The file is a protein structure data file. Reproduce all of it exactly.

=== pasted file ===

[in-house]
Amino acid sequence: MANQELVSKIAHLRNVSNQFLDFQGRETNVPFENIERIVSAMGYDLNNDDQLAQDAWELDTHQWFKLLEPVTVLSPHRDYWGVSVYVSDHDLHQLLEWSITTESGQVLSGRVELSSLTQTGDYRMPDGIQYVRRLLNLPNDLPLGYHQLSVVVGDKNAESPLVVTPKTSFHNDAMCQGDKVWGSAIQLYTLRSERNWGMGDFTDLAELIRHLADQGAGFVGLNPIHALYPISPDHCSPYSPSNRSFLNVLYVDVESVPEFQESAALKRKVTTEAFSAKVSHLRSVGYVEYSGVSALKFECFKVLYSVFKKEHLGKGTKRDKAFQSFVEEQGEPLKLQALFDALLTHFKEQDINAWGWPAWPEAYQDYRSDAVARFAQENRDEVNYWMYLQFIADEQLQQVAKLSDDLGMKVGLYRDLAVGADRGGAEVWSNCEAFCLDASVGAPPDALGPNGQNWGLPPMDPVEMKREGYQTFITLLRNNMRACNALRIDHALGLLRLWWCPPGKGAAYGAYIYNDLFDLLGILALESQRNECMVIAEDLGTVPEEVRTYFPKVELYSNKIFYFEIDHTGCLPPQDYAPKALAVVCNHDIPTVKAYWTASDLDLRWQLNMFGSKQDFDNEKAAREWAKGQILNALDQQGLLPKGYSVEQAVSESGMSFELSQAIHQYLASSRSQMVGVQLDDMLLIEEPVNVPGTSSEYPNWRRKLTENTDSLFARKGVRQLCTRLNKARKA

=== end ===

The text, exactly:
[in-house]
Amino acid sequence: MANQELVSKIAHLRNVSNQFLDFQGRETNVPFENIERIVSAMGYDLNNDDQLAQDAWELDTHQWFKLLEPVTVLSPHRDYWGVSVYVSDHDLHQLLEWSITTESGQVLSGRVELSSLTQTGDYRMPDGIQYVRRLLNLPNDLPLGYHQLSVVVGDKNAESPLVVTPKTSFHNDAMCQGDKVWGSAIQLYTLRSERNWGMGDFTDLAELIRHLADQGAGFVGLNPIHALYPISPDHCSPYSPSNRSFLNVLYVDVESVPEFQESAALKRKVTTEAFSAKVSHLRSVGYVEYSGVSALKFECFKVLYSVFKKEHLGKGTKRDKAFQSFVEEQGEPLKLQALFDALLTHFKEQDINAWGWPAWPEAYQDYRSDAVARFAQENRDEVNYWMYLQFIADEQLQQVAKLSDDLGMKVGLYRDLAVGADRGGAEVWSNCEAFCLDASVGAPPDALGPNGQNWGLPPMDPVEMKREGYQTFITLLRNNMRACNALRIDHALGLLRLWWCPPGKGAAYGAYIYNDLFDLLGILALESQRNECMVIAEDLGTVPEEVRTYFPKVELYSNKIFYFEIDHTGCLPPQDYAPKALAVVCNHDIPTVKAYWTASDLDLRWQLNMFGSKQDFDNEKAAREWAKGQILNALDQQGLLPKGYSVEQAVSESGMSFELSQAIHQYLASSRSQMVGVQLDDMLLIEEPVNVPGTSSEYPNWRRKLTENTDSLFARKGVRQLCTRLNKARKA